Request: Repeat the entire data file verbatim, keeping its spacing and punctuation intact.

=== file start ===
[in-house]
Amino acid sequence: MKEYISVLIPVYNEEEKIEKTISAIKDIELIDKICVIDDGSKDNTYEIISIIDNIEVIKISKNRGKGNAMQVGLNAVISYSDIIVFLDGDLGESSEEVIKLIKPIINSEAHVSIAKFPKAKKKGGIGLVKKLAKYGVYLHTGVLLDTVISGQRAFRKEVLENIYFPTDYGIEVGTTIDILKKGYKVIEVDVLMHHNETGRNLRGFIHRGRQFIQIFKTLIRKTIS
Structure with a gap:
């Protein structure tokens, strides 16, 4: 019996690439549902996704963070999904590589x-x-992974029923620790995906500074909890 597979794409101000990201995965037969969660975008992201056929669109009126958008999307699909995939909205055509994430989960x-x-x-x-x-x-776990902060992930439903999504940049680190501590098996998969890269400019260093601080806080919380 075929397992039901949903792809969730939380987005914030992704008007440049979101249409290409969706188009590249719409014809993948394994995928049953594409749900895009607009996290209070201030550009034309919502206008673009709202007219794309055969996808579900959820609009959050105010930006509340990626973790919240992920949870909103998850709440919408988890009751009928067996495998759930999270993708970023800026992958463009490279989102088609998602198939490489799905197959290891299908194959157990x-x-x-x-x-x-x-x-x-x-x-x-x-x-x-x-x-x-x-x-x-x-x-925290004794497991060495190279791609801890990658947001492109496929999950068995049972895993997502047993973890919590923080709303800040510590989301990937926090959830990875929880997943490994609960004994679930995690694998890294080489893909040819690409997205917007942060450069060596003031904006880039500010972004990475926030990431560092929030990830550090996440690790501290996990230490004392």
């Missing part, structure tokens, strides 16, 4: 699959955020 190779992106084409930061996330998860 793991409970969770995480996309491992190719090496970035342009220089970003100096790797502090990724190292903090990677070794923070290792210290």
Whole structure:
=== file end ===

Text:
[in-house]
Amino acid sequence: MKEYISVLIPVYNEEEKIEKTISAIKDIELIDKICVIDDGSKDNTYEIISIIDNIEVIKISKNRGKGNAMQVGLNAVISYSDIIVFLDGDLGESSEEVIKLIKPIINSEAHVSIAKFPKAKKKGGIGLVKKLAKYGVYLHTGVLLDTVISGQRAFRKEVLENIYFPTDYGIEVGTTIDILKKGYKVIEVDVLMHHNETGRNLRGFIHRGRQFIQIFKTLIRKTIS
Structure with a gap:
């Protein structure tokens, strides 16, 4: 019996690439549902996704963070999904590589x-x-992974029923620790995906500074909890 597979794409101000990201995965037969969660975008992201056929669109009126958008999307699909995939909205055509994430989960x-x-x-x-x-x-776990902060992930439903999504940049680190501590098996998969890269400019260093601080806080919380 075929397992039901949903792809969730939380987005914030992704008007440049979101249409290409969706188009590249719409014809993948394994995928049953594409749900895009607009996290209070201030550009034309919502206008673009709202007219794309055969996808579900959820609009959050105010930006509340990626973790919240992920949870909103998850709440919408988890009751009928067996495998759930999270993708970023800026992958463009490279989102088609998602198939490489799905197959290891299908194959157990x-x-x-x-x-x-x-x-x-x-x-x-x-x-x-x-x-x-x-x-x-x-x-925290004794497991060495190279791609801890990658947001492109496929999950068995049972895993997502047993973890919590923080709303800040510590989301990937926090959830990875929880997943490994609960004994679930995690694998890294080489893909040819690409997205917007942060450069060596003031904006880039500010972004990475926030990431560092929030990830550090996440690790501290996990230490004392």
């Missing part, structure tokens, strides 16, 4: 699959955020 190779992106084409930061996330998860 793991409970969770995480996309491992190719090496970035342009220089970003100096790797502090990724190292903090990677070794923070290792210290």
Whole structure: